I'd be lying if I claimed I'm not apprehensive about aging, but I shouldn't be: if the pattern holds, and I do my part, life will keep getting better. So: laundry, errands, and writing. (And the mango soup, and maybe a haiku, and definitely scritches for the leek-chomping dog.) And love to you all, and praise for such joys.
    bronze_ribbons: snapshot of me in standing bow (Default)
    Have cut 100 words and written 1300 for Project A, and proofread three pages of a Handel book. Sadly, neither of these were for work, which means my day hasn't really started yet. *sigh*

    That said, I'm remembering what's so compelling about writing fiction and poetry: it's such wicked fun when the narrators/characters veer into directions I didn't expect, writing my way through that, and then looking back and going, "Hey! That was [clever] [funny] [unexpected]!"

    Makes up for all the times I squint at the screen and mutter, "Good grief, a magot with bandaged paws could do better than this."

    (I ended up looking up magot yesterday after a conversation about this place, which was in a photograph on a nearby wall. "Magot" means "Chinese grotesque porcelain figure," but it also means "pile of money" and "Barbary ape," at least according to my Harrap's.)

    Things I need to do within the next 36 hours:

    * revise Project B and forward it to programmer
    * wrap up current phase of notes on Project B
    * finish Project C and turn it in to editor
    * pay bills
    * sing in two church services

    Things I need to focus on this next week:
    * continue work on Project B and Project D
    * research and write next sermon
    * continue work on lesson plans for the Sayers-Rowling course
    * finish the kidlit essay
    * deal with heap of accounting chores at the office
    * reduce the chaos in personal "For the Accountant" pile

    Good things:
    * There is a Tylenol sample in the house (from last year's volunteer stint at the Country Music Marathon). This means I don't need to put on shoes and run to the store.
    * Perfect weather today. I love it when it's warm enough that moisturizing isn't an ordeal but cool enough that the mosquitoes aren't yet in force.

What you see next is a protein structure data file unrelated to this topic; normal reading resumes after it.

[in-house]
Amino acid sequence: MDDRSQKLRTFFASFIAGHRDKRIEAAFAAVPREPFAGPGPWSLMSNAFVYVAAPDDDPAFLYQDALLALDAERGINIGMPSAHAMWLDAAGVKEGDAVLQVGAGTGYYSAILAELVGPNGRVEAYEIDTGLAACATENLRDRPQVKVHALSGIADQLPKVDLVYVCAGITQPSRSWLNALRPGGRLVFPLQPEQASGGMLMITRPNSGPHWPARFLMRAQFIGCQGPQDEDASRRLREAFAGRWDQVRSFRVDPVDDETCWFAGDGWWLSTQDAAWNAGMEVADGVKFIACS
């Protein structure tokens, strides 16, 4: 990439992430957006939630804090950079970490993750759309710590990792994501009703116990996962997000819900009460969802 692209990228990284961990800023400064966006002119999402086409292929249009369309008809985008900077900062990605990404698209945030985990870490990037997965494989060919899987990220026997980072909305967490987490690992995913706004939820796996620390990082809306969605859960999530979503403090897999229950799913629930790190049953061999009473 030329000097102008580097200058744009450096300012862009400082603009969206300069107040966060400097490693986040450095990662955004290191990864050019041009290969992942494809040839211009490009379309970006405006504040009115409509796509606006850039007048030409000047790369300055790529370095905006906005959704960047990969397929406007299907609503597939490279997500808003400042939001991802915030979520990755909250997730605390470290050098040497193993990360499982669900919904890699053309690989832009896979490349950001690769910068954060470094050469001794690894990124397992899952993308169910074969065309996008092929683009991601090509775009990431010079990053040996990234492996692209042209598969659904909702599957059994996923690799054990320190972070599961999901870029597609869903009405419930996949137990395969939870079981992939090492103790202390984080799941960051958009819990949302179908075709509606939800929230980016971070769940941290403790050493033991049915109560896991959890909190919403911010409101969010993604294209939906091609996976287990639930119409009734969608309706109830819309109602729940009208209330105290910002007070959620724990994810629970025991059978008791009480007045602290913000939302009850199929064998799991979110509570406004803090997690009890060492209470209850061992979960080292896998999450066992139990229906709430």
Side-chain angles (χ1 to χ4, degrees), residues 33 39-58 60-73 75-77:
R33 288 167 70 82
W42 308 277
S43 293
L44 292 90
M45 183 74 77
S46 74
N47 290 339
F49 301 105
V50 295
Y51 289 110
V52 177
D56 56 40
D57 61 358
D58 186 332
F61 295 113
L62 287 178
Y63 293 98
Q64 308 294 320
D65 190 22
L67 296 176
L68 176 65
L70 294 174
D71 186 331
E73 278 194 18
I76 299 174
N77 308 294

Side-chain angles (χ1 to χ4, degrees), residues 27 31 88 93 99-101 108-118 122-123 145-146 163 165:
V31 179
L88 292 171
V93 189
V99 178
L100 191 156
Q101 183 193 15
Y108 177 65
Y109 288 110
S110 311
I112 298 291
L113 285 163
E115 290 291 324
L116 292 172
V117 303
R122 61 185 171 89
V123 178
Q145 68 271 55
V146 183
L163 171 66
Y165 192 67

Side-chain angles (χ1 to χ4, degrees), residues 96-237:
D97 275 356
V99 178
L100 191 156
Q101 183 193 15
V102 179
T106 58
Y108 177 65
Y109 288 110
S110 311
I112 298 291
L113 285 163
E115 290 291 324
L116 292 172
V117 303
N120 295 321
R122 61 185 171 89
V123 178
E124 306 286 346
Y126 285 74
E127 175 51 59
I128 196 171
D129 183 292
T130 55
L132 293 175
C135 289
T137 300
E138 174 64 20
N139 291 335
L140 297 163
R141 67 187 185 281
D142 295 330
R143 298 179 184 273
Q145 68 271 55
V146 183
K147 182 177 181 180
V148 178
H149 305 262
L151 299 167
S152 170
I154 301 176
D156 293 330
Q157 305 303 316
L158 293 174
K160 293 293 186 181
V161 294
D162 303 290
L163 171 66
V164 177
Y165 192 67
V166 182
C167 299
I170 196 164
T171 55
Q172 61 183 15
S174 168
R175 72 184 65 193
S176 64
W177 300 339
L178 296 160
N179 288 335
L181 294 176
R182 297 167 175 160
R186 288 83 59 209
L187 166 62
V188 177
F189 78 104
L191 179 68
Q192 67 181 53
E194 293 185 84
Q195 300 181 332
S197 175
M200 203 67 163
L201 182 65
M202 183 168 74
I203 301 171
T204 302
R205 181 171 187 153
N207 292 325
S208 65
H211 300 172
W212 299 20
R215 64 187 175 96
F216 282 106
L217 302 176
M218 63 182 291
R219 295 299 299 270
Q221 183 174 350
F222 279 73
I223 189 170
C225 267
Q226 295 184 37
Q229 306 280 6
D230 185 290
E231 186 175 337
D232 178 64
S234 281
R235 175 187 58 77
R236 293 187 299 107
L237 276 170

* The BYM brought home apricot hamentashen.
    * This thread at [ profile] kassrachel's journal. *gigglefit*
    * And this one, where she wrote a Snape/Lupin and The Time Traveler's Wife crossover drabble for me. Have I mentioned lately my friends are brilliant? :-)
    * I'm doing laundry and roasting chicken (with paprika and chickpeas), so the demands of art and commerce have not totally vanquished my "domestic engineering" skills.

    bronze_ribbons: snapshot of me in standing bow (Default)
  • If you live in the Boston area, please consider attending the Peter Mayer concert that [ profile] psongster has organized. March 10. $12. He's a fantastic musician (and also kinda hot, at least when I saw him four or five years ago) and [ profile] psongster herself is of the awesome.

  • If you live in the Nashville area, please consider coming to "Vendredi Gras," an event being coordinated by some of the Vanderbilt Div School folk (announcement edited for space/bloggability):

    Vendredi Gras, February 23, 2007, Friday, from 7:00 - 10:00 pm
    "Why Vendredi Gras? Because it's too late for the Chinese New Year and too early for Purim..."

    The GDR/Divinity School (PAN, AL's Pub, SGA) is hosting a fundraiser for the New Orleans Women's Health and Justice Initiative and Second Harvest of Middle Tennessee. ...we have a small army of bakers who are donating everything from baklava, pecan and sweet potato pies, brownies, cheesecake, chocolate cake, to Burfi.... We will also have live music and games (pin the Arabian Horsetail on the FEMA director) and a dessert auction and libations. This will take place in the basement of the Divinity School. We will be collecting canned goods as well.